URBANA — U.S. District Judge Colin Bruce has denied an emergency request to grant a University of Illinois MBA degree to a former student accused of sexual assault.
The student filed a federal lawsuit last month arguing his due-process rights had been violated during the UI's investigation and said he faces termination at his job in Boston if he doesn't have his degree by April 15.
The student, an Indian citizen identified only as "John Doe," had also been planning on having his employer sponsor him for his visa, which expires June 30.
He was accused by another MBA student of sexual assault after he graduated in May 2018, but before he had received his degree.
A panel found him responsible for sexual assault, and after two appeals, he was eventually dismissed from the UI.
Bruce denied his emergency request this week, concluding that the lawsuit was improperly filed.
The main problem, Bruce said, is that Doe is suing the UI Board of Trustees as an entity, rather than as individuals.
Under the 11th Amendment to the Constitution, people can't sue a state, though lawsuits against individual state officials are allowed if they're violating federal law.
Bruce also took issue with the proposed remedy of granting Doe an MBA degree.
"Preliminary injunctive relief traditionally takes the form of maintaining the status quo, but here plaintiff asks the court to upend the status quo and, rather than require the university to provide him with a fair hearing, award him his MBA degree, on or before April 1, 2019, no less," Bruce wrote.
He said the most he would have granted would be a new hearing, as Doe is contesting the due process of the UI's hearing process.
"The logical remedy would be a new hearing, not conferral of his degree," Bruce wrote.
Doe's lawyer, Cleveland-based Eric F. Long, said he asked for the degree to be granted because a new hearing process likely wouldn't be completed in time for Doe to avoid termination at his job.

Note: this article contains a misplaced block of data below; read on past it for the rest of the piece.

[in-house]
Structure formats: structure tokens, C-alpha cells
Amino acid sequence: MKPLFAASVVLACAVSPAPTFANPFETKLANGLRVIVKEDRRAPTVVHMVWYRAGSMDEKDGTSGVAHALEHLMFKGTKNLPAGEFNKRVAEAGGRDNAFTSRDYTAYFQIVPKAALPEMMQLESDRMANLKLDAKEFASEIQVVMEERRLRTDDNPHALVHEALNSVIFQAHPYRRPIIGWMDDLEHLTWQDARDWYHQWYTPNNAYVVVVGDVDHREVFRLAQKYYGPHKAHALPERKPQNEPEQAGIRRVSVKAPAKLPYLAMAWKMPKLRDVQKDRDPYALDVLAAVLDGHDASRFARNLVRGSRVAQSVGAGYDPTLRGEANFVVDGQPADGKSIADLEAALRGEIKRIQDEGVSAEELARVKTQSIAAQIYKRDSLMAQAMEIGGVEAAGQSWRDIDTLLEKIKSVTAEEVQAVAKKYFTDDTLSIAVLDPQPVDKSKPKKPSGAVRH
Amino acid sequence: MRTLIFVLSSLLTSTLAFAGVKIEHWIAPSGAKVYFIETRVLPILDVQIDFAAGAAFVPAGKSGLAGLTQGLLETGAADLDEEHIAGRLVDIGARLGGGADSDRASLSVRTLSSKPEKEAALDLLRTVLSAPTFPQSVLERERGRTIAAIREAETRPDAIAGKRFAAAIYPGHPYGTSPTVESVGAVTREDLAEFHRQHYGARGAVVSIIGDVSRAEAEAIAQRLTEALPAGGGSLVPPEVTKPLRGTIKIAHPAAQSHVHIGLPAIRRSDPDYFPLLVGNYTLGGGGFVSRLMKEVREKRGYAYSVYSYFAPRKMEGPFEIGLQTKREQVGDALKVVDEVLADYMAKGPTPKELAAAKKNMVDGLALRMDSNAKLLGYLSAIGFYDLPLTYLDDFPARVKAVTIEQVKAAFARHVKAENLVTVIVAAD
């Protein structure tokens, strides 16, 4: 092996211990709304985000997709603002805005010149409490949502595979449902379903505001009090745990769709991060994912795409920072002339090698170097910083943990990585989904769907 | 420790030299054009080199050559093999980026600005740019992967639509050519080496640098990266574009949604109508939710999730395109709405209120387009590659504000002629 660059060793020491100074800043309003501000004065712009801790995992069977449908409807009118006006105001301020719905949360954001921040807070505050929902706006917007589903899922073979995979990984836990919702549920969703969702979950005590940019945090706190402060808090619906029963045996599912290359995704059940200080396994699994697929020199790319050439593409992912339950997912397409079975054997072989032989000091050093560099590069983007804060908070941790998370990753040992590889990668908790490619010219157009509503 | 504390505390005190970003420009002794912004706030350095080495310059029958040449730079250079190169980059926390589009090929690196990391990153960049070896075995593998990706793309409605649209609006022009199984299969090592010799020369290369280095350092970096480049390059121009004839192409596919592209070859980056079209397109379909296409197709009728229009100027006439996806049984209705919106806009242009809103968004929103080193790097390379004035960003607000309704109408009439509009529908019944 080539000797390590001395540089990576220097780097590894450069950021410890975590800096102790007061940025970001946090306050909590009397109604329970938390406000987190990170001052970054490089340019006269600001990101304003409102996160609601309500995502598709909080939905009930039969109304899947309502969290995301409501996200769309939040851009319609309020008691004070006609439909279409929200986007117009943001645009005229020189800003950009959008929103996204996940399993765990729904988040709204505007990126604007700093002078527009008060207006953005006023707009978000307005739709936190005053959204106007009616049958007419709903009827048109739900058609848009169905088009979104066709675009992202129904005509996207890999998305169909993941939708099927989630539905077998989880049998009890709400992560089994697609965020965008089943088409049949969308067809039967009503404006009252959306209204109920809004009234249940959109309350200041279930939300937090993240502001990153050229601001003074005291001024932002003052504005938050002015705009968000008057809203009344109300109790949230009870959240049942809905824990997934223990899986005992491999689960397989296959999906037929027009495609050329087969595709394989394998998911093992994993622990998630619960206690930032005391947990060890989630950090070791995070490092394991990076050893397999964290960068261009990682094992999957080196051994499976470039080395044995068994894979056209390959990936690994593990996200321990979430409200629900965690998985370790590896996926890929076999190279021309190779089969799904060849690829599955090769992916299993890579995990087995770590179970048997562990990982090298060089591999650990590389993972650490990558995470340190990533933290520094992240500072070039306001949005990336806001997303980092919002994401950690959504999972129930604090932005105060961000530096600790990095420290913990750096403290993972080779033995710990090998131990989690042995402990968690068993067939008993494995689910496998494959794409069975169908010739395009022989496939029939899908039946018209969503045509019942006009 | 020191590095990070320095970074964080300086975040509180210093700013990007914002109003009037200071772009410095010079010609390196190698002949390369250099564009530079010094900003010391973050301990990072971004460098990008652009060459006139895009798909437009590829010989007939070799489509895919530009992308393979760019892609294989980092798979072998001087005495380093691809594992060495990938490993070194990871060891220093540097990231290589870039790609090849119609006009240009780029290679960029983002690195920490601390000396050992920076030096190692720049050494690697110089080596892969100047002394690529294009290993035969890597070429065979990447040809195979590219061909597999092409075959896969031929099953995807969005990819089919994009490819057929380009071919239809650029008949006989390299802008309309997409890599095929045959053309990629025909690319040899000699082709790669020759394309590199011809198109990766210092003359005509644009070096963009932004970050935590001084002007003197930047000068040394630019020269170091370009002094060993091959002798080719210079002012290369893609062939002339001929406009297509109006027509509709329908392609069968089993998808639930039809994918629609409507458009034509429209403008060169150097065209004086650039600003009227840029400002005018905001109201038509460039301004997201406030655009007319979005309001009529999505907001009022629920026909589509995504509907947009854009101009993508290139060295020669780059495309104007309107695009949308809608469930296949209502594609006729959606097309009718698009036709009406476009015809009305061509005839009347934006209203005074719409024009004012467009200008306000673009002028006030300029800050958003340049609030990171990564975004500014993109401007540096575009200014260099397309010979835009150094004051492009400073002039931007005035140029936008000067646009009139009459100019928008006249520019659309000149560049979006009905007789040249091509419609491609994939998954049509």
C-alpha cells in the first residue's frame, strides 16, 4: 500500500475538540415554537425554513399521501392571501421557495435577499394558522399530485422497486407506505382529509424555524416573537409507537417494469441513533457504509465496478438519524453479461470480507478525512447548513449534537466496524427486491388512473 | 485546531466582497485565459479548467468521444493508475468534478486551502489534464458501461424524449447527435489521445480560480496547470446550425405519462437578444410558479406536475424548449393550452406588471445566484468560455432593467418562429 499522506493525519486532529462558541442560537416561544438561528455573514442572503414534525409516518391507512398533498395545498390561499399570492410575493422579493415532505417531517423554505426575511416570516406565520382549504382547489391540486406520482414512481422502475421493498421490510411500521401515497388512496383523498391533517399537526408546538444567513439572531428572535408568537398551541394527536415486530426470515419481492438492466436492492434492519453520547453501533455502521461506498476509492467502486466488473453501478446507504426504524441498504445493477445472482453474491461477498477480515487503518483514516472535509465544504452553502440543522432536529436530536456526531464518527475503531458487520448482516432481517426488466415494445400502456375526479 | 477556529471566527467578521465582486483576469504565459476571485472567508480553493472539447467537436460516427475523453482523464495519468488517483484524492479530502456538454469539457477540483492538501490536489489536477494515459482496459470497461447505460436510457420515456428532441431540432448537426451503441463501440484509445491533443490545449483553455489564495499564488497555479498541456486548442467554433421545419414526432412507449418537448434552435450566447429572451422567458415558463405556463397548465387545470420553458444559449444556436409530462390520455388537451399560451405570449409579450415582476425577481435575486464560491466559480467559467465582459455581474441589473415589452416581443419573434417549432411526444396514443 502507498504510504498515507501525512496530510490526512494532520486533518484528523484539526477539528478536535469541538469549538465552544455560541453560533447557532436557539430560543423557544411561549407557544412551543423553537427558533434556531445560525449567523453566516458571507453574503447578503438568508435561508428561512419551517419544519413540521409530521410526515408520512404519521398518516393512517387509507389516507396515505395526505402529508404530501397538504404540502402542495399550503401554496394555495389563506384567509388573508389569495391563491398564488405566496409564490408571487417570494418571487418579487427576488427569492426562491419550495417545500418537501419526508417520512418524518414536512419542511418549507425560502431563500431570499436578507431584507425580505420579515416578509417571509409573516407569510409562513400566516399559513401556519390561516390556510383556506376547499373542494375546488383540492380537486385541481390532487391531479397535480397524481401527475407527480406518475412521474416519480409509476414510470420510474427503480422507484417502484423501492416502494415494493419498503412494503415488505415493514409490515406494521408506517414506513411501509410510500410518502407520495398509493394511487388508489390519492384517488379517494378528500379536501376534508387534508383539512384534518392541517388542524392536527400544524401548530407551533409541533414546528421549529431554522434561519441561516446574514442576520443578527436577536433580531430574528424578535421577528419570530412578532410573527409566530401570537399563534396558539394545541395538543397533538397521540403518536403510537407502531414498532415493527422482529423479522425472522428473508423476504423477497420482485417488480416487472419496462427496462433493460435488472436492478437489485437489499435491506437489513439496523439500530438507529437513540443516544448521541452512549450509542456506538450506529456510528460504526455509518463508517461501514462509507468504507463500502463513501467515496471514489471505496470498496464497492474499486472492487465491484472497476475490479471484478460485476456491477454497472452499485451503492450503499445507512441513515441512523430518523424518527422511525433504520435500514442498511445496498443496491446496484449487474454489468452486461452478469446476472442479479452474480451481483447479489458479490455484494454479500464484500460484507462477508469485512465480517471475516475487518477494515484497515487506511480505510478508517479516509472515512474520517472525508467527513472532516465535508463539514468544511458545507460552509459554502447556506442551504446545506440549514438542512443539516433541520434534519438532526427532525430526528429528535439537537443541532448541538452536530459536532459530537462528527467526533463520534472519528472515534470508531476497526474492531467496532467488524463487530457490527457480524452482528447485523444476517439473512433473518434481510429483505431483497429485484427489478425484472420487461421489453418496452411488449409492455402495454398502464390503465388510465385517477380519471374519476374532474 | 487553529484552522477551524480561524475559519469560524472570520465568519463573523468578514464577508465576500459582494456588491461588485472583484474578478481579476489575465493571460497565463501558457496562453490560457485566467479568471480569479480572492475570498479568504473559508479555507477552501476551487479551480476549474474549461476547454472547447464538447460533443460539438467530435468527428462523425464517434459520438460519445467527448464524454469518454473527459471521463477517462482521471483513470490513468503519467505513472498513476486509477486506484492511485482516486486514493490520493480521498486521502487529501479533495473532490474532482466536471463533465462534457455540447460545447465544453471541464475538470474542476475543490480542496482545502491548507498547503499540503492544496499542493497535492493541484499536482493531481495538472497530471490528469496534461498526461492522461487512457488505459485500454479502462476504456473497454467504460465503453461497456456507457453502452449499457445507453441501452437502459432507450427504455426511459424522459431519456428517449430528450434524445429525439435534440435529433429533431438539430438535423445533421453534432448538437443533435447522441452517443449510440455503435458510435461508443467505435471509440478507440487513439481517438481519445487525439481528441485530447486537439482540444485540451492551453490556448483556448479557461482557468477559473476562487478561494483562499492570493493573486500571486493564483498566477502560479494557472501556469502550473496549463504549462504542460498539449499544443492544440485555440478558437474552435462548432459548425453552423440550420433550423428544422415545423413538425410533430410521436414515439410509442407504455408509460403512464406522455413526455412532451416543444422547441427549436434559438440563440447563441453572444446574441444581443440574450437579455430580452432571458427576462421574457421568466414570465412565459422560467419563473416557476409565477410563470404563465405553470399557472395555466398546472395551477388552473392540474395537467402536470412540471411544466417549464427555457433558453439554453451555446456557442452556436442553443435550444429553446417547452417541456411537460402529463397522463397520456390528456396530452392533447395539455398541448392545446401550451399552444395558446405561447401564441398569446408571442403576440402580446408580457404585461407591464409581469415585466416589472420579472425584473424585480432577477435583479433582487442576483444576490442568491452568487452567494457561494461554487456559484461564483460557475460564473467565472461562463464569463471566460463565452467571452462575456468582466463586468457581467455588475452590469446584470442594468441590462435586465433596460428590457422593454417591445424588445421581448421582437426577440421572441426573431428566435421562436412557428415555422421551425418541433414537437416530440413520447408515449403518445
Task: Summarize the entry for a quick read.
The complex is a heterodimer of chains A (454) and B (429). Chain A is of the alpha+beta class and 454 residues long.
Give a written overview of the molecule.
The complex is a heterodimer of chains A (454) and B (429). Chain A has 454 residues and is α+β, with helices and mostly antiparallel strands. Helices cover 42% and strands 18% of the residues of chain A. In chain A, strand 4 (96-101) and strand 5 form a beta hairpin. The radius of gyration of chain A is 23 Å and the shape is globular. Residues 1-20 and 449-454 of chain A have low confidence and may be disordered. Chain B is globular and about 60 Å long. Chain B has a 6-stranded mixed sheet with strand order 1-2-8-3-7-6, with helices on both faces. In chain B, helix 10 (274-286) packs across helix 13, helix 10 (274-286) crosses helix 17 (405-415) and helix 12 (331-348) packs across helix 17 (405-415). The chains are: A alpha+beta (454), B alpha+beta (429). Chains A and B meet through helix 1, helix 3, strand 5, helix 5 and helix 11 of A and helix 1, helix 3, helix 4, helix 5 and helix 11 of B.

Long said he has only spoken briefly with Doe about the ruling.
"I'm disappointed with the ruling insofar as the impact it has on my client," Long said.
But he remained optimistic about the overall lawsuit, especially considering some of Bruce's other comments.
While Bruce denied the emergency request, he indicated Doe had a decent chance at succeeding in his breach-of-contract claim and in his due-process claim if he had sued the appropriate defendant.
"Based on the parties' contract promising plaintiff due process in any disciplinary hearing ... plaintiff has shown some likelihood of success on his breach of contract claim," Bruce wrote.
He cited his analysis last year in another lawsuit from a student dismissed from the UI after being accused of sexual assault.
"Expulsion procedures must provide a student with a meaningful opportunity to be heard," he wrote at the time.
After a sexual-assault claim is made at the UI, investigators investigate and write a report, which a hearing panel uses to make a decision.
While the UI now allows the accused and the accuser to present their case at a hearing, this policy was not yet in place when Doe was accused.
But while Bruce said Doe's due-process and breach-of-contract claims have potential, he said that based on the facts of the case known so far, Doe's gender-discrimination argument doesn't.
Doe failed to present any evidence to show "the outcome of his case was erroneous," Bruce wrote.
In Doe's case, a panel determined that he went to a fellow MBA student's apartment, drank with her and had sex with her three times while she was unable to consent.
Doe appealed this, and a committee found that the panel didn't explain its rationale for the first two sexual encounters.
Another panel then determined that the woman was incapacitated during the third encounter, but didn't have enough evidence for the first two.
"Plaintiff acknowledged that the alleged victim became drunk and confirmed that at one point she began to cry and get emotional. The facts plaintiff alleges regarding the instance of sexual contact that was ultimately deemed to violate the code show that the alleged victim consumed a quantity of alcohol, vomited, fell asleep, regained consciousness, and thereafter plaintiff, knowing these facts, engaged in sexual intercourse with her," Bruce wrote. "These facts, taken in context with all the other facts alleged in the complaint, do not demonstrate a likelihood of success on plaintiff's claim that the university's outcome was erroneous."
Bruce also said Doe failed to show gender bias against men on the university's part, as Doe had argued.
"These vague, conclusory and factually unsupported allegations of a general bias on the part of the university are insufficient to support a likelihood of success on plaintiff's claim that gender bias was a motivating factor behind the alleged erroneous finding in plaintiff's case," Bruce wrote.